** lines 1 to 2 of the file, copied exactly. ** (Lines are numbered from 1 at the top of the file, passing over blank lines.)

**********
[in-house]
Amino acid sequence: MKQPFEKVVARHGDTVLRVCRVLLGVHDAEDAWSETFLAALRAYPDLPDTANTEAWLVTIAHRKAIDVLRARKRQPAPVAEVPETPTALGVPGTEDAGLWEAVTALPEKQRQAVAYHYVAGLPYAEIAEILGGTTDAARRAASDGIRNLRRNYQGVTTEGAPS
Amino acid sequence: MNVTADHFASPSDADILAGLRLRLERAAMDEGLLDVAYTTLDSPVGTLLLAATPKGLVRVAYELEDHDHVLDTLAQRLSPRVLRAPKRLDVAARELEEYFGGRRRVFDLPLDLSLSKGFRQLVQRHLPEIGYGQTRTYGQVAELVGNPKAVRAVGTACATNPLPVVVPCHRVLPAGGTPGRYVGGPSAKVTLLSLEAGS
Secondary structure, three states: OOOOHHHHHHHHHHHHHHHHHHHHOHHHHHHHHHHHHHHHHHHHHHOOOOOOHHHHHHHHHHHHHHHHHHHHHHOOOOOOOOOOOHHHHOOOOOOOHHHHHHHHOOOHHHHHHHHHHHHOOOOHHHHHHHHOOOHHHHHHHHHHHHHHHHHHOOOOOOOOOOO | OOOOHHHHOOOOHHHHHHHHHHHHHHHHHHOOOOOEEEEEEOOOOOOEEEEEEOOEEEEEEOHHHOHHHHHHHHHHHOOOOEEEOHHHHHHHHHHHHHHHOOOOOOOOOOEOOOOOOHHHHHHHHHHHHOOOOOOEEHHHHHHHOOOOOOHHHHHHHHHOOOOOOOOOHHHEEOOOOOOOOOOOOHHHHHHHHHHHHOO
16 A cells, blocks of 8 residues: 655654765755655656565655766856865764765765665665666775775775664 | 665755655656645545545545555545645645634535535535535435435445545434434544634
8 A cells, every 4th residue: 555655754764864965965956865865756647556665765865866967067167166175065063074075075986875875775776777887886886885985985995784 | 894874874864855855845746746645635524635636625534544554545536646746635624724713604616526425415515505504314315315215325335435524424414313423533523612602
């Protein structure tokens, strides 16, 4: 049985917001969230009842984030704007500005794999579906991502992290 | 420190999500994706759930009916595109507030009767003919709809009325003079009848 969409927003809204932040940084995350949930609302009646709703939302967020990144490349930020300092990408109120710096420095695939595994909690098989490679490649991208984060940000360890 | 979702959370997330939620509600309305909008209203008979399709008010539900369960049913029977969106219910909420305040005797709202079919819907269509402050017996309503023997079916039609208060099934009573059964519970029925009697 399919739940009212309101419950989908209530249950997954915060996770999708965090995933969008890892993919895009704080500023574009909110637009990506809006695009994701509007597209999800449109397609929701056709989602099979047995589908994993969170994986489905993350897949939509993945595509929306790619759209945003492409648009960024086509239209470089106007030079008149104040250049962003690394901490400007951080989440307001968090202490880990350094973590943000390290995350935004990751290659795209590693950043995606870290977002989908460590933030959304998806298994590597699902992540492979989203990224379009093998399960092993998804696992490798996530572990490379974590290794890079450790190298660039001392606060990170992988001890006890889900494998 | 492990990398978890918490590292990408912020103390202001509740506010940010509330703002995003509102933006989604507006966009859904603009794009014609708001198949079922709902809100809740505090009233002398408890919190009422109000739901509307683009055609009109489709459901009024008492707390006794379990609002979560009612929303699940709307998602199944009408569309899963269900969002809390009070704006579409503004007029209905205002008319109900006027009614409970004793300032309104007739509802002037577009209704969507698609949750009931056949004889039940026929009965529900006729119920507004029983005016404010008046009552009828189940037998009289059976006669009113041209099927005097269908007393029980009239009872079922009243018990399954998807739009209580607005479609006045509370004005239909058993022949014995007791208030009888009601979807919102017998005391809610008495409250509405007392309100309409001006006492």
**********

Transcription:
[in-house]
Amino acid sequence: MKQPFEKVVARHGDTVLRVCRVLLGVHDAEDAWSETFLAALRAYPDLPDTANTEAWLVTIAHRKAIDVLRARKRQPAPVAEVPETPTALGVPGTEDAGLWEAVTALPEKQRQAVAYHYVAGLPYAEIAEILGGTTDAARRAASDGIRNLRRNYQGVTTEGAPS